Ken Waldman | Theater Critic's Choice | Chicago Reader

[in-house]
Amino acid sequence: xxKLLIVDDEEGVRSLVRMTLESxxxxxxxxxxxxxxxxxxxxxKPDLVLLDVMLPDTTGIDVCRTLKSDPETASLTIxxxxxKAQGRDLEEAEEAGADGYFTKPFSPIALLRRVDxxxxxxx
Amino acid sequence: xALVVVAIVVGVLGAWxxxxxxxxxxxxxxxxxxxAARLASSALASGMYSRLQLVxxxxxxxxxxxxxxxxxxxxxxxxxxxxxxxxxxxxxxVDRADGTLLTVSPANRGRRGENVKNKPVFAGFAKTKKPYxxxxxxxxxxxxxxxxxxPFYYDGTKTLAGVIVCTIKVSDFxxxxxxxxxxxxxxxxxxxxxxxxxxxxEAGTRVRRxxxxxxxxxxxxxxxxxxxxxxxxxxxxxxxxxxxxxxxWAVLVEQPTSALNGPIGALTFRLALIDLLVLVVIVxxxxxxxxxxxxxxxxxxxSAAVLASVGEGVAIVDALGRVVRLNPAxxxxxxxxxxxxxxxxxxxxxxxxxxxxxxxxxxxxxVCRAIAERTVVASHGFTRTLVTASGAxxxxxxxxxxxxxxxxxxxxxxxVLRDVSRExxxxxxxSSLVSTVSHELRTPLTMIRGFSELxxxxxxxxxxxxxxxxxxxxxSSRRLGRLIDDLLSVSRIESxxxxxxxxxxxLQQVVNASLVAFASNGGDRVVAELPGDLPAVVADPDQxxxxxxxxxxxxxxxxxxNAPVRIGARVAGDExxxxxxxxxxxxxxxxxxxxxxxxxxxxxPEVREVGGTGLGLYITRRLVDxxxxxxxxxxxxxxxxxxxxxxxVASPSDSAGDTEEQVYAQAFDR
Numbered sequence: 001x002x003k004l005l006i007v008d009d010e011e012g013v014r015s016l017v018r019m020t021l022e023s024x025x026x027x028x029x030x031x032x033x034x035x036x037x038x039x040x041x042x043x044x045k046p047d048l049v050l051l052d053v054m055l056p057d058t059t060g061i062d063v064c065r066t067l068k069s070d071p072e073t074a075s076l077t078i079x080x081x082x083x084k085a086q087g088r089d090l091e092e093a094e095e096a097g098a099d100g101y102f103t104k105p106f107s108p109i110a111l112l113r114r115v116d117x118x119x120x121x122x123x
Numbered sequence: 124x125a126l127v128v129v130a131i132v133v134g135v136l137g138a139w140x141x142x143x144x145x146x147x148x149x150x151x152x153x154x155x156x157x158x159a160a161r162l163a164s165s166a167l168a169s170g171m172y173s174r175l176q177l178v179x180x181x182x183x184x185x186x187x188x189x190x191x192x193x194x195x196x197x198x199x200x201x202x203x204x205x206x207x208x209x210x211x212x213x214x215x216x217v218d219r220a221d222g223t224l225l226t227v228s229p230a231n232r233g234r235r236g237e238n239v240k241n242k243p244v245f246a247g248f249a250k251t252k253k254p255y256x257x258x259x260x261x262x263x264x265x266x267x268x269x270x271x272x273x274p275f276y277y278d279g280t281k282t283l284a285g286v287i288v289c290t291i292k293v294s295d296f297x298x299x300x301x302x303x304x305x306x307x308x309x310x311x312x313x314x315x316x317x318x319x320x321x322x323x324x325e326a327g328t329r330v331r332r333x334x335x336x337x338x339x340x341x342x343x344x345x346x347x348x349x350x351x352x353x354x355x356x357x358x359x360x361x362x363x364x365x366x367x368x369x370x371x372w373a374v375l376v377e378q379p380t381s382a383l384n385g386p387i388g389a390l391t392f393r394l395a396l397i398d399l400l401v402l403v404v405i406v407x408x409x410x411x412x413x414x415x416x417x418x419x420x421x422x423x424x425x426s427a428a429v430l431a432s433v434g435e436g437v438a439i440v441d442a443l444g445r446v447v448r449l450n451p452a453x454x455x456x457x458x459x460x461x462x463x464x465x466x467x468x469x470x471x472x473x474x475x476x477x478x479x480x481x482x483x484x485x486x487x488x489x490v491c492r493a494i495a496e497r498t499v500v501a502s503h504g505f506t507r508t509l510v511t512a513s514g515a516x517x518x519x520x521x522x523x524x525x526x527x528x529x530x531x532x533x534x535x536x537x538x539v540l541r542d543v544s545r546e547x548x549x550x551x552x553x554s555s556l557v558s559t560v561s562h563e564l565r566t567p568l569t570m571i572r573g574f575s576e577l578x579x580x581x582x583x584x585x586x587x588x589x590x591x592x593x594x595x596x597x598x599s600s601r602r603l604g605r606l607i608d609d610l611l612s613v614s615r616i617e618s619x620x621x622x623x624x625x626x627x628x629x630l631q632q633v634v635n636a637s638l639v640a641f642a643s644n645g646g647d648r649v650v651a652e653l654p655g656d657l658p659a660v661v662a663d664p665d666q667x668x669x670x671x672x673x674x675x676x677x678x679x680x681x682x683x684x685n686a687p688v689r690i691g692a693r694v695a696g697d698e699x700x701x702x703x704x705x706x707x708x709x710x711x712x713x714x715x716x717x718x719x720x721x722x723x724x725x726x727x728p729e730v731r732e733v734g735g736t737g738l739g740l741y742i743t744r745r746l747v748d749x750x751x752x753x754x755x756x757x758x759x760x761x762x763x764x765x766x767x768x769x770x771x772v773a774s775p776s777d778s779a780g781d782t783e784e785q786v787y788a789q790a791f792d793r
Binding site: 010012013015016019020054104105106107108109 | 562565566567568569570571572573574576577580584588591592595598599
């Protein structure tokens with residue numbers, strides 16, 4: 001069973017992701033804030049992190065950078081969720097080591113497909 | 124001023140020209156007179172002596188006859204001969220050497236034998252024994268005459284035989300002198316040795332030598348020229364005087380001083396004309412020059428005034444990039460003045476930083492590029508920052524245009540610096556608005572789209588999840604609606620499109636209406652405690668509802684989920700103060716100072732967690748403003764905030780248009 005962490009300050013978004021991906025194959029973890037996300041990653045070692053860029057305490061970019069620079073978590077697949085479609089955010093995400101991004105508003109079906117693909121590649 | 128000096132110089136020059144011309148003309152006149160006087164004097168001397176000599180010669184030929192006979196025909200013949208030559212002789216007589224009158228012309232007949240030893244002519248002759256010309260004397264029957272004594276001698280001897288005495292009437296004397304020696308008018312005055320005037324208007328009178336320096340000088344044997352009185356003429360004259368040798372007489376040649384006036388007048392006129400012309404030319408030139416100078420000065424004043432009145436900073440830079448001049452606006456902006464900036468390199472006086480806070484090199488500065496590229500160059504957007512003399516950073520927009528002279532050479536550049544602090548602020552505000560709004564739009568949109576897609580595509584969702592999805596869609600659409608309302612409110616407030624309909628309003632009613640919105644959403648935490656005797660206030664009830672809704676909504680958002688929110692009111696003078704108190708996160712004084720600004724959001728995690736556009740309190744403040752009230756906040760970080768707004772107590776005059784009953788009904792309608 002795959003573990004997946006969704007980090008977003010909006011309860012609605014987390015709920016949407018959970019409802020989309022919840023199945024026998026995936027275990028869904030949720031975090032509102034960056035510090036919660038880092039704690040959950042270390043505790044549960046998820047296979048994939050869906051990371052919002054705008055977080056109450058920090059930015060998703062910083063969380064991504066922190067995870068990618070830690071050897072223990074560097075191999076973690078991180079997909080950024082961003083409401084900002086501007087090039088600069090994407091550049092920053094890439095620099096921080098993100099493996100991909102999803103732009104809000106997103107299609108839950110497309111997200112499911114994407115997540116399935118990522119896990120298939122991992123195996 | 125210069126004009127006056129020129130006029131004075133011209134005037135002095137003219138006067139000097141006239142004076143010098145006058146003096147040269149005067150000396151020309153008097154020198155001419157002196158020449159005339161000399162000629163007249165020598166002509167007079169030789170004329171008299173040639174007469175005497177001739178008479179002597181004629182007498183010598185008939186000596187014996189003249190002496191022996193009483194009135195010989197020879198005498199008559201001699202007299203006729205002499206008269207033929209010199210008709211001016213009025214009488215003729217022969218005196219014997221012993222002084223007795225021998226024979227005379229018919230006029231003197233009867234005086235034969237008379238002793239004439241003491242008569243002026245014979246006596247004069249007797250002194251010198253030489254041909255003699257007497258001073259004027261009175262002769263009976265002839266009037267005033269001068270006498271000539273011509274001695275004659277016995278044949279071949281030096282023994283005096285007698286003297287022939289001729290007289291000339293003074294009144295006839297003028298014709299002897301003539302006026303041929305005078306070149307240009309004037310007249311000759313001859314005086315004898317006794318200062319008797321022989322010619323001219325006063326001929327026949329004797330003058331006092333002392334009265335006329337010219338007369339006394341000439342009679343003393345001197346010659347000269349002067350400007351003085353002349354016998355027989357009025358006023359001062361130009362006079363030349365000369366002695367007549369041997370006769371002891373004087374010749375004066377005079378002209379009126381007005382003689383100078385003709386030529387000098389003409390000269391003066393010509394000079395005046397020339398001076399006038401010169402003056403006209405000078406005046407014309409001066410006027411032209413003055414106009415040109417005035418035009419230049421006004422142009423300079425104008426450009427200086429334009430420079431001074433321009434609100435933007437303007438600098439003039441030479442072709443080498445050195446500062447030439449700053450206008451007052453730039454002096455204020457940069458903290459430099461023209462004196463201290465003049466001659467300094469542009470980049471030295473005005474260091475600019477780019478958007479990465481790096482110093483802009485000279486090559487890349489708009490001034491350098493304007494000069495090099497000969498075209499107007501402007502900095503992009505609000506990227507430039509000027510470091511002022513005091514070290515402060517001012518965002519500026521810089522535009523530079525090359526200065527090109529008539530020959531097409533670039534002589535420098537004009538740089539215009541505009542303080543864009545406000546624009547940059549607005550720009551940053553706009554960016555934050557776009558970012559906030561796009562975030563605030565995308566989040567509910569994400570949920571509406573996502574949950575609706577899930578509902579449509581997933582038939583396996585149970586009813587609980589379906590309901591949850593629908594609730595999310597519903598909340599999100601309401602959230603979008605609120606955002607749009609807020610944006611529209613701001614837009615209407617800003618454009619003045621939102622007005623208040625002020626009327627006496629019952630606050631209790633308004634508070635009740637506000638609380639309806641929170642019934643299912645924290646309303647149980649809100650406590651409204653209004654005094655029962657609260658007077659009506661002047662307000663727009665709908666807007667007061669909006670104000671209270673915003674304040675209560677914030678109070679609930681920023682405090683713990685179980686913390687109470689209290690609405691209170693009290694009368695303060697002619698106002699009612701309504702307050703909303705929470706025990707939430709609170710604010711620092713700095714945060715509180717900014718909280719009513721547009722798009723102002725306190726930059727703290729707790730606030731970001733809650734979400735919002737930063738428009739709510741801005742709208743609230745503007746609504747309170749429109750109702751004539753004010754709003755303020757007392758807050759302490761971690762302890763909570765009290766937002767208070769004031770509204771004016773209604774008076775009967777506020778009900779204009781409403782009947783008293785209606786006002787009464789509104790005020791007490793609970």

Anyone who's read my writing more than a few times knows that I love music with a sense of place. That's at least partly because I worry that "place" is a dying concept; I see chain stores, chain fashions, and chain music everywhere I go, from Chicago to my native Virginia to my former residences in urban New York and rural Ohio. So I especially love music that sounds like places I've never been, and Alaskan fiddler-poet Ken Waldman works hard at evoking his home state, as if he were the only man charged with bringing its tales down to the lower 48. (He also tours like he really has that mandate.) In his new volume of poetry, The Secret Visitor's Guide, he reflects on his journeys into the wilderness from his Anchorage base and the long trips he made back, balancing a weathered humanism with his grief and confusion over post-9/11 politics. His latest record, the self-released two-CD All Originals, All Traditionals, combines old and new material, and you'd have to know fiddle music very well to tell which is which just by listening--Waldman's own compositions have all the richly melodic hairpin turns and switchbacks of the genuine article, sounding like they've been worn smooth after years of being passed down from player to player. Local fiddler Jordan Wankoff contributes some fine duet playing on the Originals disc. Fri 1/27, 6 PM, Hideout, 1354 W. Wabansia, 773-227-4433, $6.

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